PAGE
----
No one had ever imagined the scale of devastation caused by massive flooding in mid-western districts of Banke, Bardiya and Surkhet and also in Sindhupalchowk district of central region earlier this monsoon.
While the country is yet to come to terms with devastation caused by floods, the swollen Tinau River, which flows through the town of Butwal in Rupandehi district, might trigger similar disaster, warn experts.
They claim that the mighty Tinau might once again unleash disaster like it did in the past – or even worse. Over a hundred people were killed by floods of the Tinau 44 years ago. It again killed 64 locals of Dobhan of Palpa and Butwal 33 years back. The Tinau river flooding has, in fact, continued to wreak havoc several times over the last two decades, causing loss of scores of human lives and property worth billions of rupees besides displaced hundreds more. Against such a backdrop, the rising level of water in the Tinau over the recent days has terrified the locals of Butwal.
“The swelling of the Tinau River with rain water evokes the horrors of the past,” said Rabind Gopal Laukal, a local resident of Butwal. If the Tinau could unleash so much damage even when its natural course was not affected in the past, what it could be even more devastating now that so much illegal mining of sand and boulders from its banks have been extracted over the recent years.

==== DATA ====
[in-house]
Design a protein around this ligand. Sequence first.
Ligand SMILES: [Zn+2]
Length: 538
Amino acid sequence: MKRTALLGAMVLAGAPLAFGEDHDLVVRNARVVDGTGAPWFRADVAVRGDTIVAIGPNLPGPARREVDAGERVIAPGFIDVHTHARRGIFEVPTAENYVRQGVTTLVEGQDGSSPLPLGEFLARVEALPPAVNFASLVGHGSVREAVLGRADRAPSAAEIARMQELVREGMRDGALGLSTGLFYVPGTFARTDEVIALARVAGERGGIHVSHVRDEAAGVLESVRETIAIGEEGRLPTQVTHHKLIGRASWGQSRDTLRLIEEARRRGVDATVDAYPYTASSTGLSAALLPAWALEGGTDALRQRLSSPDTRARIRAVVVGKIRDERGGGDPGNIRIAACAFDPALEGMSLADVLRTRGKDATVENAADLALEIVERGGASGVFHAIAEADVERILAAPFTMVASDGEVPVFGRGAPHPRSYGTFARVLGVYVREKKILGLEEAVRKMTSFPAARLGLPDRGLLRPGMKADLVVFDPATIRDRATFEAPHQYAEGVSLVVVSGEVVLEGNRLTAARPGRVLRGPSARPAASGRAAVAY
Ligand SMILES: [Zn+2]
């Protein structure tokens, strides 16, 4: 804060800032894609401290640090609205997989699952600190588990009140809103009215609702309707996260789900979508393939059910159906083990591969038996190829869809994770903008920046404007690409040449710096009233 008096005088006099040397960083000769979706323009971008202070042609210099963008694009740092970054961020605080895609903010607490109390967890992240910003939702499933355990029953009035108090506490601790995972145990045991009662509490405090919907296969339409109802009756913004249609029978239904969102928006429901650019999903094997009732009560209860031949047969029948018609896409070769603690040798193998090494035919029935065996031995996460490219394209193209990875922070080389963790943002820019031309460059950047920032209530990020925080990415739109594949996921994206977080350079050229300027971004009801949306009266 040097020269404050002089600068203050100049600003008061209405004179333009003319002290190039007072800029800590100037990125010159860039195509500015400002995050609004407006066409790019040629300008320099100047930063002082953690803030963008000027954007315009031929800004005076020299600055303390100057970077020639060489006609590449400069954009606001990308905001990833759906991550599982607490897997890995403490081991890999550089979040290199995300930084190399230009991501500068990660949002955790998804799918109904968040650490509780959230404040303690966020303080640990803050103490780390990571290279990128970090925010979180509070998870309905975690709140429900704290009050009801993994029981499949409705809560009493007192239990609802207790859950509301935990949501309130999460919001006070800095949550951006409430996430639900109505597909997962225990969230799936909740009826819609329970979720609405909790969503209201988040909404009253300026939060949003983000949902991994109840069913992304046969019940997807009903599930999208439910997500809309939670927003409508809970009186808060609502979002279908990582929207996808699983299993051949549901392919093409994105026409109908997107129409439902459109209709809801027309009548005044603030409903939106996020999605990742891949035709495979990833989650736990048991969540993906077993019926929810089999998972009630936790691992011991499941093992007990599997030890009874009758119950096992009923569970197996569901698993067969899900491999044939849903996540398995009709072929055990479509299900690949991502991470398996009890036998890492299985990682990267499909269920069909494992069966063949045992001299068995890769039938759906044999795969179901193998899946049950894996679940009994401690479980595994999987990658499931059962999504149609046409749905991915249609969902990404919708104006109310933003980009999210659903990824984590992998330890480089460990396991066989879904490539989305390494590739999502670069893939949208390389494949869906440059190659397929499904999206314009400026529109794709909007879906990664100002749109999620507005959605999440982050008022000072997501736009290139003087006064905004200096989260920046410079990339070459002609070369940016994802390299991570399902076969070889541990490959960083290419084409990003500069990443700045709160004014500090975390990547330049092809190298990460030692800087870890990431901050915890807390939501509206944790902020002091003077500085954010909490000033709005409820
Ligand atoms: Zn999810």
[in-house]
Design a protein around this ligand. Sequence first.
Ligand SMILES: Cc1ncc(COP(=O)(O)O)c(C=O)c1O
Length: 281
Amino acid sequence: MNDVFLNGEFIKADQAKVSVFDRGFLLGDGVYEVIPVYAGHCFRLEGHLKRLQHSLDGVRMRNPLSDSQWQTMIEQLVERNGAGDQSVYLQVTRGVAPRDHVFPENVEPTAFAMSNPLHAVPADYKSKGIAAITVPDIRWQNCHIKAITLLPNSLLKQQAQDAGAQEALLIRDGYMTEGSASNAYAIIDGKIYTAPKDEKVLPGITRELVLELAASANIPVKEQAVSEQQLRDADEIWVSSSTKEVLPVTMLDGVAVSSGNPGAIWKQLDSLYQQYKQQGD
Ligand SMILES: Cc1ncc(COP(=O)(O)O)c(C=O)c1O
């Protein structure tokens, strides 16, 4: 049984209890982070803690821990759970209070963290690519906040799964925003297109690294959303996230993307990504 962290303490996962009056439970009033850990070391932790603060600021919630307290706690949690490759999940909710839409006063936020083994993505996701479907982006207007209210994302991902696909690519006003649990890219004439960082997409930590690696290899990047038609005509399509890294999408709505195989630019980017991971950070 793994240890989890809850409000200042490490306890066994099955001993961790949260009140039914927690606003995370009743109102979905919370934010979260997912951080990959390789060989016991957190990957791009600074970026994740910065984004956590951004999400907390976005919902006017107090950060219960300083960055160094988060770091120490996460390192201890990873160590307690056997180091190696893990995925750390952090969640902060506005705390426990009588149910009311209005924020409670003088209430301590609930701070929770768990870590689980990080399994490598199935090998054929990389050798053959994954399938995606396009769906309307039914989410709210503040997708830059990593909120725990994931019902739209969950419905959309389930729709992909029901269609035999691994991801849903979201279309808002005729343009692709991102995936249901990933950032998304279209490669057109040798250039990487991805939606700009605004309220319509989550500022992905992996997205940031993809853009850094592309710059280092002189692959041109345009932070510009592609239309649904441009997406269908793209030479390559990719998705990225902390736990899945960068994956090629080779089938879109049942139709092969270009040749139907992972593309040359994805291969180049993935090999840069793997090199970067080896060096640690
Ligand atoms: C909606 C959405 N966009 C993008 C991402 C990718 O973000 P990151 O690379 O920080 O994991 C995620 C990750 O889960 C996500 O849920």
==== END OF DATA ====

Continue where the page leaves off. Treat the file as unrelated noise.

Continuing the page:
“This question disturbs the local even more,” said Bimal Bahadur Shankya, former deputy chief of Butwal municipality.
“The Tinau River needs a breadth of 237 meters to flow freely without affecting the people living on its banks. But due to rampant encroachment, the river at some places is merely 50 to 70 meters wide,” says Bharat Sapkota, an engineer with the government-funded People´s Embankment Program, Butwal.
Currently, around 4,000 families of landless squatters live by the Tinau in Butwal.
K R Dahal, an engineer who has studied flood risks posed by the Tinau, claims that such exploitation of river banks by landless squatters and unabated mining of sand and boulders from the river areas have increased threats of disaster.
“The locals living along the banks of the Tinau are under grave threat,” Dahal added. The Tinau, with a few rivulets flowing from Kaski as its tributaries, flows toward India via Rupandehi district, and flood triggered by annual monsoon in the river has been affecting lives of people from over two dozens of VDCs of Rupandehi, besides those living in Butwal.
Source : Republica